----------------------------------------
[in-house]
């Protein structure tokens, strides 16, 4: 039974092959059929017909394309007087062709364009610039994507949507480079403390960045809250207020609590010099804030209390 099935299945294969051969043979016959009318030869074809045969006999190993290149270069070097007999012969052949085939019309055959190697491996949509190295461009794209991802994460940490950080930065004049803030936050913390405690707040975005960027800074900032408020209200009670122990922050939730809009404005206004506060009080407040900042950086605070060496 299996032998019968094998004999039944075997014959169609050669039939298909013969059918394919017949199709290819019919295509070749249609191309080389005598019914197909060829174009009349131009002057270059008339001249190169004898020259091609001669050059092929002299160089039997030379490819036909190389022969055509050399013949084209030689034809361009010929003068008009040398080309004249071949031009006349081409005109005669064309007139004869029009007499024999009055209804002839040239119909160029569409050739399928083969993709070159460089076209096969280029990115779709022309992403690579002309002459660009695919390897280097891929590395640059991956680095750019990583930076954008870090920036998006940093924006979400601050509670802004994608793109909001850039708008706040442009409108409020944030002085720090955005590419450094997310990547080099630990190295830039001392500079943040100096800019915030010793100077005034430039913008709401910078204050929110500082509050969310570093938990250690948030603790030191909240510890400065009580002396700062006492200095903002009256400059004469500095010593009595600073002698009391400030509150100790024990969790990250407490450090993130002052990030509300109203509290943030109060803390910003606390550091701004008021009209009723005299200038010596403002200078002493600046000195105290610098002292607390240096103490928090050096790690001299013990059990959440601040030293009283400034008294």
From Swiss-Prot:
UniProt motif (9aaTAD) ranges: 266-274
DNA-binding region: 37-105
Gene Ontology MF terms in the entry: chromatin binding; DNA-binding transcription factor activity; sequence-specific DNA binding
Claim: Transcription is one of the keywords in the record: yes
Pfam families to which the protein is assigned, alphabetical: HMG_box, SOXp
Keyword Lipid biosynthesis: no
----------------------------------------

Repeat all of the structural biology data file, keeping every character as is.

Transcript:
[in-house]
């Protein structure tokens, strides 16, 4: 039974092959059929017909394309007087062709364009610039994507949507480079403390960045809250207020609590010099804030209390 099935299945294969051969043979016959009318030869074809045969006999190993290149270069070097007999012969052949085939019309055959190697491996949509190295461009794209991802994460940490950080930065004049803030936050913390405690707040975005960027800074900032408020209200009670122990922050939730809009404005206004506060009080407040900042950086605070060496 299996032998019968094998004999039944075997014959169609050669039939298909013969059918394919017949199709290819019919295509070749249609191309080389005598019914197909060829174009009349131009002057270059008339001249190169004898020259091609001669050059092929002299160089039997030379490819036909190389022969055509050399013949084209030689034809361009010929003068008009040398080309004249071949031009006349081409005109005669064309007139004869029009007499024999009055209804002839040239119909160029569409050739399928083969993709070159460089076209096969280029990115779709022309992403690579002309002459660009695919390897280097891929590395640059991956680095750019990583930076954008870090920036998006940093924006979400601050509670802004994608793109909001850039708008706040442009409108409020944030002085720090955005590419450094997310990547080099630990190295830039001392500079943040100096800019915030010793100077005034430039913008709401910078204050929110500082509050969310570093938990250690948030603790030191909240510890400065009580002396700062006492200095903002009256400059004469500095010593009595600073002698009391400030509150100790024990969790990250407490450090993130002052990030509300109203509290943030109060803390910003606390550091701004008021009209009723005299200038010596403002200078002493600046000195105290610098002292607390240096103490928090050096790690001299013990059990959440601040030293009283400034008294």
From Swiss-Prot:
UniProt motif (9aaTAD) ranges: 266-274
DNA-binding region: 37-105
Gene Ontology MF terms in the entry: chromatin binding; DNA-binding transcription factor activity; sequence-specific DNA binding
Claim: Transcription is one of the keywords in the record: yes
Pfam families to which the protein is assigned, alphabetical: HMG_box, SOXp
Keyword Lipid biosynthesis: no